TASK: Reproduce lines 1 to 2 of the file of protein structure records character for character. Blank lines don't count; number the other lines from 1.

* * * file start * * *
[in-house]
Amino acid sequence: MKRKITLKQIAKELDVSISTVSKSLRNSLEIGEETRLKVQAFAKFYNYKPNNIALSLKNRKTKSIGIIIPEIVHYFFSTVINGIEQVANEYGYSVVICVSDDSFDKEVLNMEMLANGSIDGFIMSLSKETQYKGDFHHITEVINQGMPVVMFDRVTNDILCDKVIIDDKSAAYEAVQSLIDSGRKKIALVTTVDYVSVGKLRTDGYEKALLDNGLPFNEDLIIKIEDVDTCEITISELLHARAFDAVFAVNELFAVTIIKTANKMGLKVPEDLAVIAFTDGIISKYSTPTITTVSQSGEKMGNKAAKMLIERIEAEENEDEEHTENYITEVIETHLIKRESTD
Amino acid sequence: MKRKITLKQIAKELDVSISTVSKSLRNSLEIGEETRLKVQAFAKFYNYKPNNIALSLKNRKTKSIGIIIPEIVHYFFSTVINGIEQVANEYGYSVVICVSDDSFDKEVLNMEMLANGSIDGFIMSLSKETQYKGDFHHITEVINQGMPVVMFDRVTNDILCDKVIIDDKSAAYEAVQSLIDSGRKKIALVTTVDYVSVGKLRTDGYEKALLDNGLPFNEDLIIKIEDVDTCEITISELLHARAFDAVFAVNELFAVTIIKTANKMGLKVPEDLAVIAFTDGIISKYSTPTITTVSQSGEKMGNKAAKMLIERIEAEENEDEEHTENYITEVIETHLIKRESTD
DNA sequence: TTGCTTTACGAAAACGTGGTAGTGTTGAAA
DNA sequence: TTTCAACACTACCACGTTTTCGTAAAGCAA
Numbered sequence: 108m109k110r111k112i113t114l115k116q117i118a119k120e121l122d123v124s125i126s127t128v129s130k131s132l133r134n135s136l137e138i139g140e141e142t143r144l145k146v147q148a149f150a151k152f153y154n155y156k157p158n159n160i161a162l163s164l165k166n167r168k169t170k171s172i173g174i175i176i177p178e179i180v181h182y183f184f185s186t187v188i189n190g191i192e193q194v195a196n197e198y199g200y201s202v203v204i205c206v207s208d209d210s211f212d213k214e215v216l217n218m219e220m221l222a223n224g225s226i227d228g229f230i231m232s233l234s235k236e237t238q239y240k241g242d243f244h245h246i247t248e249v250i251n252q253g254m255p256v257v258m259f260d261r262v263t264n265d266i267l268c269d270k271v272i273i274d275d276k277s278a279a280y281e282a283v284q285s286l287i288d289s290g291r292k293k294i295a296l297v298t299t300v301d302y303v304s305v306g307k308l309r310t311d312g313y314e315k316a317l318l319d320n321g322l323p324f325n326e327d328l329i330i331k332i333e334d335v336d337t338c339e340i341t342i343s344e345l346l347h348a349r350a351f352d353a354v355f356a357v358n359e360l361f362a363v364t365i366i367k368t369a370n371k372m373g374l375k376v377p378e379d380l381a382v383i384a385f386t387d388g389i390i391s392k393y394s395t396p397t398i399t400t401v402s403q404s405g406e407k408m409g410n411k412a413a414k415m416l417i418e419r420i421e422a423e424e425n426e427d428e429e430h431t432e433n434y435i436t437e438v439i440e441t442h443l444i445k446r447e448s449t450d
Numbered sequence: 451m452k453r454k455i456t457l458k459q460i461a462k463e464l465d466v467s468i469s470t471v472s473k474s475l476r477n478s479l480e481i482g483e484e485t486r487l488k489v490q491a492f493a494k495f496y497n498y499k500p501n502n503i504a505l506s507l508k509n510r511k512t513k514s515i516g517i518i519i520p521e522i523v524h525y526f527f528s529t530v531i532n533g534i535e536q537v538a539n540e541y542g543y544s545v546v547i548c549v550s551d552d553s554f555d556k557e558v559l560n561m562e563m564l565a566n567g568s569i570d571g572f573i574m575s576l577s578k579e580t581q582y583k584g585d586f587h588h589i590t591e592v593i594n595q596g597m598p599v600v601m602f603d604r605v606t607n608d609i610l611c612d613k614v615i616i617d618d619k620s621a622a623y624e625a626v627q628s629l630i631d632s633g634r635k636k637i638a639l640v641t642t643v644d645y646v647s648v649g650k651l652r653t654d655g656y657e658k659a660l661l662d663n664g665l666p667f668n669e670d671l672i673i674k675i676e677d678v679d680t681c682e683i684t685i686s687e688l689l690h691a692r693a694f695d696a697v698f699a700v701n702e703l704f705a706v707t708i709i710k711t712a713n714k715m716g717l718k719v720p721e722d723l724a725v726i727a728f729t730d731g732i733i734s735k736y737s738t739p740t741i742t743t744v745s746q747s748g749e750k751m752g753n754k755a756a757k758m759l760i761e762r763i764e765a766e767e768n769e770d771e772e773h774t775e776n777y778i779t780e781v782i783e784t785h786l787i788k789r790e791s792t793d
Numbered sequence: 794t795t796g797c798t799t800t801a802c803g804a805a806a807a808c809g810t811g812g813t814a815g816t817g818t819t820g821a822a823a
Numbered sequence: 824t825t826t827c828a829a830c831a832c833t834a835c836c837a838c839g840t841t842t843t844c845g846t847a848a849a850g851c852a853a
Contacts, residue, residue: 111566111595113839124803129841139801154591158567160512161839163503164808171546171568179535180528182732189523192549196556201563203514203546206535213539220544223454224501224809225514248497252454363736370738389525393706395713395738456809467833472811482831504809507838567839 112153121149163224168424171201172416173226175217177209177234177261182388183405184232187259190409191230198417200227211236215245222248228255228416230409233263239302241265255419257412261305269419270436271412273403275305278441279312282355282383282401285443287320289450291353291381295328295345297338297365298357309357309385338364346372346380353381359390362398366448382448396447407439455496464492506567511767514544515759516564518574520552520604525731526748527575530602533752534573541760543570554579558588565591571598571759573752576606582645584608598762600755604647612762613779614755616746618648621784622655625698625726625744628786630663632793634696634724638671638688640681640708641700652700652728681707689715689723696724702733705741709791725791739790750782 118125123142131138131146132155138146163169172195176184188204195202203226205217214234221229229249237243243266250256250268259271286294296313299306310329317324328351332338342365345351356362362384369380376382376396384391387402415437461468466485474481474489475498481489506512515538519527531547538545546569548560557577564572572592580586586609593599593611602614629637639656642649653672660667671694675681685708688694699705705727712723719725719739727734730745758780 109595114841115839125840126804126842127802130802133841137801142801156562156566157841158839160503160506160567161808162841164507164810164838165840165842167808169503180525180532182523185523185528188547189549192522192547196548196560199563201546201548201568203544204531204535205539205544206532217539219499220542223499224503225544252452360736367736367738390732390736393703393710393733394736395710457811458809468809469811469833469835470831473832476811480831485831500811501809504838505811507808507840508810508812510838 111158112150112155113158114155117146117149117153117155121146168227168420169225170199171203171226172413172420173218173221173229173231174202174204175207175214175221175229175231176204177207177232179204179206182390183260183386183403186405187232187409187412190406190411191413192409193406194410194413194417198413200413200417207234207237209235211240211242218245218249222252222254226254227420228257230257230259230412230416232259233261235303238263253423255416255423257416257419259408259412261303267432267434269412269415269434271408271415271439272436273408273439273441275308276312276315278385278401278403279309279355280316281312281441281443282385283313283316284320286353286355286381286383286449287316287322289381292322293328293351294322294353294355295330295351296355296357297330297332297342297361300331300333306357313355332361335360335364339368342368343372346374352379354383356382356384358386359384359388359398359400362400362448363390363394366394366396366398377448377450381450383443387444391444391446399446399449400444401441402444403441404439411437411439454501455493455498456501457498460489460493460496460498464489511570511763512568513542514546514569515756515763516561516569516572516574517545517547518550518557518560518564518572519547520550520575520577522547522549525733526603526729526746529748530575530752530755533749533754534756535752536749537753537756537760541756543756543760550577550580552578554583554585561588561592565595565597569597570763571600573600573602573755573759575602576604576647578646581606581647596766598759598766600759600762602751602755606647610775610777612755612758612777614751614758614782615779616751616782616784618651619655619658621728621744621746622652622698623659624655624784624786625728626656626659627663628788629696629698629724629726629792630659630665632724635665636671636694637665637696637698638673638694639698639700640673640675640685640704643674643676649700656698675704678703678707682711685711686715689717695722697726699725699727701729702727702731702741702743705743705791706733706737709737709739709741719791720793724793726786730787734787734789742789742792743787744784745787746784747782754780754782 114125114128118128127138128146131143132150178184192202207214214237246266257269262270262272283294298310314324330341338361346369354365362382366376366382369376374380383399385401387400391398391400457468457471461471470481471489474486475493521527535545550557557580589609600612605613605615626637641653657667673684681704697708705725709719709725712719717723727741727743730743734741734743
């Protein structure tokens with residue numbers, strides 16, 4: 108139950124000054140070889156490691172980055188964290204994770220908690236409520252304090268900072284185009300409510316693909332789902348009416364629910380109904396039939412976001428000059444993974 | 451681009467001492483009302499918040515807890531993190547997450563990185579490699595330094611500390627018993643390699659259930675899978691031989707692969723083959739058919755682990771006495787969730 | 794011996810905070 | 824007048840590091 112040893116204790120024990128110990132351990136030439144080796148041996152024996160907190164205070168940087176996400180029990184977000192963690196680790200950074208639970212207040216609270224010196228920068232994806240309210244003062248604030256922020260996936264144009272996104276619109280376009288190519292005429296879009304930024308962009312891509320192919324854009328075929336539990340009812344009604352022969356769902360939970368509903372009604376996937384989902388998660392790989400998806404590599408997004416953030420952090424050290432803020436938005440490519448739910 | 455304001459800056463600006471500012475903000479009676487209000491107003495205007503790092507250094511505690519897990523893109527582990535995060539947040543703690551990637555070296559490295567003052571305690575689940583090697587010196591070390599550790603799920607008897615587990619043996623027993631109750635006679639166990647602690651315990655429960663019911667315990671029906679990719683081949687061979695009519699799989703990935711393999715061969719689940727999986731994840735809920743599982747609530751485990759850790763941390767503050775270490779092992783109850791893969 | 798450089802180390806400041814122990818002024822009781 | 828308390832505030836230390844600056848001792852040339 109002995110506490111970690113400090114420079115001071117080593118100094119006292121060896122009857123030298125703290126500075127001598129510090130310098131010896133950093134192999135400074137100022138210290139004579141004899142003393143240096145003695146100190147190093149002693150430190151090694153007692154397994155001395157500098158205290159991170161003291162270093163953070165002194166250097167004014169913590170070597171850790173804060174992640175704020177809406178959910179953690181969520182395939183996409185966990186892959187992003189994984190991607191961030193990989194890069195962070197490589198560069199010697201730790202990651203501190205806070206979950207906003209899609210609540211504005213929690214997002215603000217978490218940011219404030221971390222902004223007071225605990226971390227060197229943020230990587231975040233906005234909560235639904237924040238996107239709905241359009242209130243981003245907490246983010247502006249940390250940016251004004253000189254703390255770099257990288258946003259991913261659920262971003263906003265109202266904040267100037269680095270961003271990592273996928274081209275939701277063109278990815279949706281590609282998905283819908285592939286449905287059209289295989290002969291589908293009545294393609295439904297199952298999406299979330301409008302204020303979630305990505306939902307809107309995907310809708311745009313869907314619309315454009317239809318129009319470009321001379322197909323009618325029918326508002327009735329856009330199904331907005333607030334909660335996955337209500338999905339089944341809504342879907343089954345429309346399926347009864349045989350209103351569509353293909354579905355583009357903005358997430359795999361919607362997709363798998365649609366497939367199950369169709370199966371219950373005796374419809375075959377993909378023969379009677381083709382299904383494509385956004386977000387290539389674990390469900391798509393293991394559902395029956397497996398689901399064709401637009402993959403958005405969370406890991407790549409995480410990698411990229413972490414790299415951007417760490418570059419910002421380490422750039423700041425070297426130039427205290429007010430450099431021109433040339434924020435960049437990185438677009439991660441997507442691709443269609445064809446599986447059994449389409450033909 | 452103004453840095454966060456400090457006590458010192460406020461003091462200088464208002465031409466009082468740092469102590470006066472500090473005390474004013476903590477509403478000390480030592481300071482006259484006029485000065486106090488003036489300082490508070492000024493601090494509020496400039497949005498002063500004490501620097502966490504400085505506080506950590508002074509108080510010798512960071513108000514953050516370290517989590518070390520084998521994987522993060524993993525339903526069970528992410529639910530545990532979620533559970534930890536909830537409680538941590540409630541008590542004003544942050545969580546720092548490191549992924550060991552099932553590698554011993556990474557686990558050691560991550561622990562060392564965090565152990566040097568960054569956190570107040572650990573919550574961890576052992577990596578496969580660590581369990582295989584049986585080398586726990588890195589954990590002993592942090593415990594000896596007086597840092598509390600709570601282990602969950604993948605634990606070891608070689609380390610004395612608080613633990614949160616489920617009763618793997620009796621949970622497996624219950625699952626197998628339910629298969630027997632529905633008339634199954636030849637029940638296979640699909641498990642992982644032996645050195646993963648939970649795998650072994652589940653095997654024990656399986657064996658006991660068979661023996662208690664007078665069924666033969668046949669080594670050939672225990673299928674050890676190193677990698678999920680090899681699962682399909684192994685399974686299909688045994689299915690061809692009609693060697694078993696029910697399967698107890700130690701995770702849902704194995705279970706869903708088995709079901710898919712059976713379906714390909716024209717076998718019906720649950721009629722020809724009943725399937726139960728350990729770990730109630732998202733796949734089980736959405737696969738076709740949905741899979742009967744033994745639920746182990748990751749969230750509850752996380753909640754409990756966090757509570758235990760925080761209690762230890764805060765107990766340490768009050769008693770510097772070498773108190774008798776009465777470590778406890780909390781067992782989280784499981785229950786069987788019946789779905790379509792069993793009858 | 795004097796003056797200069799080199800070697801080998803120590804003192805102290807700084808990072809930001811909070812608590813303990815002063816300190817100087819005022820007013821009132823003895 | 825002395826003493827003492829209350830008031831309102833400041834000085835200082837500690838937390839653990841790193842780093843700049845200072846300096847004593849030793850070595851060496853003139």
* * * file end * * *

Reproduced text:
[in-house]
Amino acid sequence: MKRKITLKQIAKELDVSISTVSKSLRNSLEIGEETRLKVQAFAKFYNYKPNNIALSLKNRKTKSIGIIIPEIVHYFFSTVINGIEQVANEYGYSVVICVSDDSFDKEVLNMEMLANGSIDGFIMSLSKETQYKGDFHHITEVINQGMPVVMFDRVTNDILCDKVIIDDKSAAYEAVQSLIDSGRKKIALVTTVDYVSVGKLRTDGYEKALLDNGLPFNEDLIIKIEDVDTCEITISELLHARAFDAVFAVNELFAVTIIKTANKMGLKVPEDLAVIAFTDGIISKYSTPTITTVSQSGEKMGNKAAKMLIERIEAEENEDEEHTENYITEVIETHLIKRESTD